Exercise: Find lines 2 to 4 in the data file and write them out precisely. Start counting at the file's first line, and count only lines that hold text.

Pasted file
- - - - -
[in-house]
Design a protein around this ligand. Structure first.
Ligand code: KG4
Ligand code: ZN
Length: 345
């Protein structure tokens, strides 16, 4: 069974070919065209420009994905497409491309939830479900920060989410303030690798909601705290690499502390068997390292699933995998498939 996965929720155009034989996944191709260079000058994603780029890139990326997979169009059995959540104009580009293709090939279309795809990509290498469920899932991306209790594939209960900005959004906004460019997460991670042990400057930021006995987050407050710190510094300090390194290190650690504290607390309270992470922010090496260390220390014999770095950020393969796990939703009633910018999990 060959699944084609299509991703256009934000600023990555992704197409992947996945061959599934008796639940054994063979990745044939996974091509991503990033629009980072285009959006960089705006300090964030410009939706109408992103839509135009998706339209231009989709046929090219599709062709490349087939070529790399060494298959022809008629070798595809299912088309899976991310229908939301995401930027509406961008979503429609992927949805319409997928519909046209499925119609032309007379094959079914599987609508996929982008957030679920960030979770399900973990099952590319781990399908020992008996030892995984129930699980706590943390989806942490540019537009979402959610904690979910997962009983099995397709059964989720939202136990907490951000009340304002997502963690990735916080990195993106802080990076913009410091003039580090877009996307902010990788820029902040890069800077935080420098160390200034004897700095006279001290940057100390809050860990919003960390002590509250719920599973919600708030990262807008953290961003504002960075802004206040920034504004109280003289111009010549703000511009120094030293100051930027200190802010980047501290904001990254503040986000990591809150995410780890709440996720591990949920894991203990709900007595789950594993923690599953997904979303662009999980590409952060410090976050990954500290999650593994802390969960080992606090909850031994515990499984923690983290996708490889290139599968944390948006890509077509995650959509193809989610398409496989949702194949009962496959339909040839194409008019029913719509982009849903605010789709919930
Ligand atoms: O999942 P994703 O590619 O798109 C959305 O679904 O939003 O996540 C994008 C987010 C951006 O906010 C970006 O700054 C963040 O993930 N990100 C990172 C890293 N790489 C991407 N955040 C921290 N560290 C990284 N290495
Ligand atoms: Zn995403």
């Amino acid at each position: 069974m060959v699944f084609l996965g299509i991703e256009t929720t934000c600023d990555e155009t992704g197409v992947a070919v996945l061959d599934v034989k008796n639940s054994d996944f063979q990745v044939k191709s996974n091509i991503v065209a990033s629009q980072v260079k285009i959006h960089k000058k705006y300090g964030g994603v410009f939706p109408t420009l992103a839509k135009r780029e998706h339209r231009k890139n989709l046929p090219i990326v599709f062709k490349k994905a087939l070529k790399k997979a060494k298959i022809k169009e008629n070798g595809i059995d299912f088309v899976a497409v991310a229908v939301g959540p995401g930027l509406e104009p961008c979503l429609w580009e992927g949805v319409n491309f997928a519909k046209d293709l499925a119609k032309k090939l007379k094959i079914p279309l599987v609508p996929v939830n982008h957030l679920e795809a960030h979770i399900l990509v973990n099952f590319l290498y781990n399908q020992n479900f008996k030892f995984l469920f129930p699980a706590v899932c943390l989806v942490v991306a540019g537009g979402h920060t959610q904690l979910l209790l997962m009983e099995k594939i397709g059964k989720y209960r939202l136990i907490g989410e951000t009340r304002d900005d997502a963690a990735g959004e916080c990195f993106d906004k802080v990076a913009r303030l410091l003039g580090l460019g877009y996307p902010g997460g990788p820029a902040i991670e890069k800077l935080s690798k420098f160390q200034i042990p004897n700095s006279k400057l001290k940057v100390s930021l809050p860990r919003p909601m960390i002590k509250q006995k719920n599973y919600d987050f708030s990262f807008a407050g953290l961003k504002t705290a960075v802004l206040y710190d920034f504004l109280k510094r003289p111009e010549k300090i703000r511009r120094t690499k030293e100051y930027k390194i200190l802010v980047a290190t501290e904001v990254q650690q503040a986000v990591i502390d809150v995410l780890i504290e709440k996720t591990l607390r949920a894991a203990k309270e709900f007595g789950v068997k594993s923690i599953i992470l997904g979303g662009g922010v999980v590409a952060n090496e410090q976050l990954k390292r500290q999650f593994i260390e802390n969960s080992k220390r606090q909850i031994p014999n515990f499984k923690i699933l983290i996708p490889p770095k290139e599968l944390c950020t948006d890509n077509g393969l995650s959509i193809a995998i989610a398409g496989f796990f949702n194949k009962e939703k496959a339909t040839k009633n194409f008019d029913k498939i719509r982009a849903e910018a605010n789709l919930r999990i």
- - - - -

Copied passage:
Design a protein around this ligand. Structure first.
Ligand code: KG4
Ligand code: ZN